Hvordan udvikler vi demokratiet

A strong civil society with bottom-up movements is the driving force when moving toward change. Community building provides strong and trusting collaborative relationships and the sense of common purpose which support joint action. Through bottom-up collaboration, we can dream of a planet in recovery.

How can bottom-up change movements work effectively with the various parts of the infrastructure which makes up the EU? I was fascinated during the lead up to the UK’s Brexit vote to see a debate between people passionately committed to working for bottom-up change in the UK inside the EU and others who were just as passionately committed to voting to leave in order to better support such change.

The Transition Movement

This discussion took place inside the Transition movement, which worked with the European Economic and Social Committee to inform the Committee’s recent opinion on building a coalition of civil society and subnational authorities to deliver commitments of the Paris Agreement.  Personally I’m greatly encouraged by the extent to which the EESC is advocating support for the potentially critical role of bottom-up activity by civil society actors in counteracting climate change.

Having said that, I’m also aware of opposite currents within the EU such as the deeply pro-TTIP stance which meant that negotiators at COP21 weren’t allowed to do anything which might impede TTIP despite the impact that it would have on attempting to act proportionately to the scale of the climate change challenge.  While, for now, EU leaders seem wary of appearing too pro-TTIP in public, it appears that other equally scary so-called trade agreements are being promoted behind the scenes.

Strong, trusting relationships towards change

What does all of this mean for those of us who are working for bottom-up change?  In the Transition movement one of our core principles is that, for most human beings, the most meaningful level of scale at which to understand and engage with systemic change is at the level of community.  This is because at that scale it is more practical to build the strong, trusting collaborative relationships and the sense of common purpose, agency and connection which enable and support us to identify what needs to change and take action together to make that happen.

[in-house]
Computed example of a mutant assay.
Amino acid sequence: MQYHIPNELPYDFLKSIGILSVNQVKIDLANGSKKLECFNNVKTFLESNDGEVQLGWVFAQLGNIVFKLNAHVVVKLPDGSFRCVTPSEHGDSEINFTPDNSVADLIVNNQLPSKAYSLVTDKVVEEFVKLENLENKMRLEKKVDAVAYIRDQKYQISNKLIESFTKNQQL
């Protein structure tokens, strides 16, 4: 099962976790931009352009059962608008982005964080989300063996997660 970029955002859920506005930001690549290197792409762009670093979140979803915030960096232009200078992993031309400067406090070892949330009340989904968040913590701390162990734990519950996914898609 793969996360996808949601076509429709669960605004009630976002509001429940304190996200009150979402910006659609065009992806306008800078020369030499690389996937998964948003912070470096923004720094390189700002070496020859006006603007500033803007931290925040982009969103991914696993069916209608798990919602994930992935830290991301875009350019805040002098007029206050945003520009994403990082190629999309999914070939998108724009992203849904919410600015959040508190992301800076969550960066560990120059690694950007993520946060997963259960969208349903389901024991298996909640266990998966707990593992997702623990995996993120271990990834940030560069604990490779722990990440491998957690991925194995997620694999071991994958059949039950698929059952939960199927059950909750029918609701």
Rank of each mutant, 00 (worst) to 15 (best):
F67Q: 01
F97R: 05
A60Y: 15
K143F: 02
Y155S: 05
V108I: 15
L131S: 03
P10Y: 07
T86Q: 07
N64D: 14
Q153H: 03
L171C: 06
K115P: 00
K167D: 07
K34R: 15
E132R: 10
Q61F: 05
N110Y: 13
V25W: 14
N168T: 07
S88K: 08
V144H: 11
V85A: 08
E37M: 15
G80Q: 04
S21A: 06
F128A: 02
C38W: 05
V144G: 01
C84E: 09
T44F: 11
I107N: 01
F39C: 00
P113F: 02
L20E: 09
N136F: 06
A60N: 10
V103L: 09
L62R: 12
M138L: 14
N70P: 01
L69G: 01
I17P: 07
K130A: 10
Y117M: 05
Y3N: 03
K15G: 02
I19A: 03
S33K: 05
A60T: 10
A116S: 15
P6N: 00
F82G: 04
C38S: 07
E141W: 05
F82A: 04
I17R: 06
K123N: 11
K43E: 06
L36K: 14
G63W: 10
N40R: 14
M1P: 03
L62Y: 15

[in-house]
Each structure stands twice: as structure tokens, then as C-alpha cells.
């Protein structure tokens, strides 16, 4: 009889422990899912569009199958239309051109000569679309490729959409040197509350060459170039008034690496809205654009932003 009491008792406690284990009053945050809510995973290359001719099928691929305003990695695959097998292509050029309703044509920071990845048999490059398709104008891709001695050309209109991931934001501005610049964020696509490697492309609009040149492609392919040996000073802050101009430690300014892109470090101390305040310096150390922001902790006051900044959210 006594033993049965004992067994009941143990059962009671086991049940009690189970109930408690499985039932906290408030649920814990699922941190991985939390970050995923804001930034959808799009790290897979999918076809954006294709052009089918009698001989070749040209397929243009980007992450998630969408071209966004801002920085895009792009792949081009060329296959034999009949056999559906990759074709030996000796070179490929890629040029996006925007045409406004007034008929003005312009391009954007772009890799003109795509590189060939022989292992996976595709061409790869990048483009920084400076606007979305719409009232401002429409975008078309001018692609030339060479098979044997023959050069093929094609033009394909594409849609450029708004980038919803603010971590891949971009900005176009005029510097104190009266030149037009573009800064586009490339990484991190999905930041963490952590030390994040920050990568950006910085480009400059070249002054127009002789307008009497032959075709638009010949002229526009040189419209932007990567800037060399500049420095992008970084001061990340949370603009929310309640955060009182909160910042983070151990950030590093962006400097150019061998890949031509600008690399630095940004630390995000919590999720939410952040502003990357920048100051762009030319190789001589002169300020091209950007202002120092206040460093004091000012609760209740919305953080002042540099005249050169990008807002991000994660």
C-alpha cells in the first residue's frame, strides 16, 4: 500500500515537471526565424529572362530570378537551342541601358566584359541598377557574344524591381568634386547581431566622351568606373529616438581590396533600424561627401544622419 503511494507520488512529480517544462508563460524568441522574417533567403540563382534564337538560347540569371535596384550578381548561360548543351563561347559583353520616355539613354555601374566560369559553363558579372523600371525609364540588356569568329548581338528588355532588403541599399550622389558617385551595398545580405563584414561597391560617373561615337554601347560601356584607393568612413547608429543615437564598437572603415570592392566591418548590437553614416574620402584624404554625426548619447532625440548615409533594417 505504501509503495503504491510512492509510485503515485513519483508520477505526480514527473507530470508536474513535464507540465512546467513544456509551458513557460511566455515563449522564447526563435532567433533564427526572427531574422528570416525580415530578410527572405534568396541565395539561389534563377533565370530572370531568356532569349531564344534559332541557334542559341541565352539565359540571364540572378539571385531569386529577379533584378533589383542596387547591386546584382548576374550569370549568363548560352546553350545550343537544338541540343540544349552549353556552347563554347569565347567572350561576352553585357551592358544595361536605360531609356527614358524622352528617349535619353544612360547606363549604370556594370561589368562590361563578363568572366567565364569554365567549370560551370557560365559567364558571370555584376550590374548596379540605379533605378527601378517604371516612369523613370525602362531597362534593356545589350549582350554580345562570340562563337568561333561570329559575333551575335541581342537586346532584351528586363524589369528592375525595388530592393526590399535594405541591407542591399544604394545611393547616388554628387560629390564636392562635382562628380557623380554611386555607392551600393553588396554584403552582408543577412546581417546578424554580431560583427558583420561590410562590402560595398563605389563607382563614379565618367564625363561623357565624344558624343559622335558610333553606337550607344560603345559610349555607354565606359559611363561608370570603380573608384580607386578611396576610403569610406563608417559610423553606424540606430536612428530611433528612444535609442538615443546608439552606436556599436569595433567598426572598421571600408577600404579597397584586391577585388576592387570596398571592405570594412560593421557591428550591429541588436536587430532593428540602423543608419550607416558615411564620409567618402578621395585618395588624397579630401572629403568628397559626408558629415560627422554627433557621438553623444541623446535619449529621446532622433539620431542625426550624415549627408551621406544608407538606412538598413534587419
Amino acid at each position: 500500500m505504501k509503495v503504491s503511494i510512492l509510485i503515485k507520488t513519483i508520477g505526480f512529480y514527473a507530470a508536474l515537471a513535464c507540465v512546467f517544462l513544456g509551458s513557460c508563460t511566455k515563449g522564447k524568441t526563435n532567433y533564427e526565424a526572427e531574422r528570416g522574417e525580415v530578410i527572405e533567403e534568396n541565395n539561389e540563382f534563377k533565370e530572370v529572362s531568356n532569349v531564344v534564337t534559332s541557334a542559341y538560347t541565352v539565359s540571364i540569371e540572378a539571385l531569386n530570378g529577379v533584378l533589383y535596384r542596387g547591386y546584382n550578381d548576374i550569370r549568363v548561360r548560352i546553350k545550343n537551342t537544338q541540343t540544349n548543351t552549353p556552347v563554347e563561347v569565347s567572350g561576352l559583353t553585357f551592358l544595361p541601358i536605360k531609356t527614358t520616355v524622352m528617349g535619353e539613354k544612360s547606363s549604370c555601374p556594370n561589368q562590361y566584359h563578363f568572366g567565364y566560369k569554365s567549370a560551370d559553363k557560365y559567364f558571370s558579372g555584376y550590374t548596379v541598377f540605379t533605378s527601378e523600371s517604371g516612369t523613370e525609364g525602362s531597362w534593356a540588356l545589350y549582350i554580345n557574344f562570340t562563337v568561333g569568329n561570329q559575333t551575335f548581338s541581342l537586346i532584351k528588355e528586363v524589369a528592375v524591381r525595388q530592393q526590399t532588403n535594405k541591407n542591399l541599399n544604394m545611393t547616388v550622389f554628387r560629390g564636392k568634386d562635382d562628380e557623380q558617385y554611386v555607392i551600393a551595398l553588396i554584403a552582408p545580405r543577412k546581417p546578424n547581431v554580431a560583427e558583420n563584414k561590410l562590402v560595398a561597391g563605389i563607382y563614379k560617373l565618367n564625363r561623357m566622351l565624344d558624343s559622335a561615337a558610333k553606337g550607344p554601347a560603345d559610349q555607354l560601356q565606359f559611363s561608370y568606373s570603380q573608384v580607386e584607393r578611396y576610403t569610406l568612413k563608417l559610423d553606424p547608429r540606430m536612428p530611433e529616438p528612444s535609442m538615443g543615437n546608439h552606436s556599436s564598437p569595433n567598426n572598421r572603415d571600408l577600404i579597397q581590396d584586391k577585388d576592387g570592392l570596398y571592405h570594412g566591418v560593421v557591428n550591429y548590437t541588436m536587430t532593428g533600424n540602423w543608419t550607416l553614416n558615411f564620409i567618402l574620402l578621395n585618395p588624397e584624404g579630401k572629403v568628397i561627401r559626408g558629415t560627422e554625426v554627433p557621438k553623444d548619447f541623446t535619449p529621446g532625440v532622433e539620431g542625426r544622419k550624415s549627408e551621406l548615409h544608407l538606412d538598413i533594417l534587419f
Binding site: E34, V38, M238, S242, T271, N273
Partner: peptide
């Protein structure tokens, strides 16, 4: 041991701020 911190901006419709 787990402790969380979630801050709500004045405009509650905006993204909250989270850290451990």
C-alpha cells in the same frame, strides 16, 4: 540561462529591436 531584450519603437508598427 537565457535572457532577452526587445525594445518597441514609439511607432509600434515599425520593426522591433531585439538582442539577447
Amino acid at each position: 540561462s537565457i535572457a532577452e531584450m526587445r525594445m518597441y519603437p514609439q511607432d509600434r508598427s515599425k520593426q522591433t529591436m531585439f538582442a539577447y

The Transition movement is underpinned by the belief that the positive systemic change so urgently required cannot be delivered through a purely top-down, directive approach no matter how well planned and communicated. Instead, if we want to see positive change we need to create conditions which support and empower people, groups and institutions to find new ways to collaborate, to design and bring into being new experimental technologies, processes and structures and to then share their learning with others.

A collaboration-friendly-environment

We also need to grapple with the challenge opening our hearts and minds to change across complex systems.  As individuals, at the level of groups, organisations and businesses and within our broader institutions we have many defences, defaults and unhelpful structures and processes that get in the way.

We see cultures of significantly differing levels of health around us and would suggest that the degree of meaningful connection – to ourselves, to those around us and to the natural world –  is a key determinant as to whether we are living in a culture of care or not.  We’re interested in what prompts, enables and empowers individuals, groups, organisations and societies to connect with and care for themselves, each other and the natural world around them and what are the factors which encourage movement in the opposite direction – towards disconnection and a culture of uncare.  

I find great joy in sharing the endeavour of making change and moving towards ever broader cultures of care, and in dreaming of what we might create through bottom-up collaboration – in dreaming of a planet in recovery.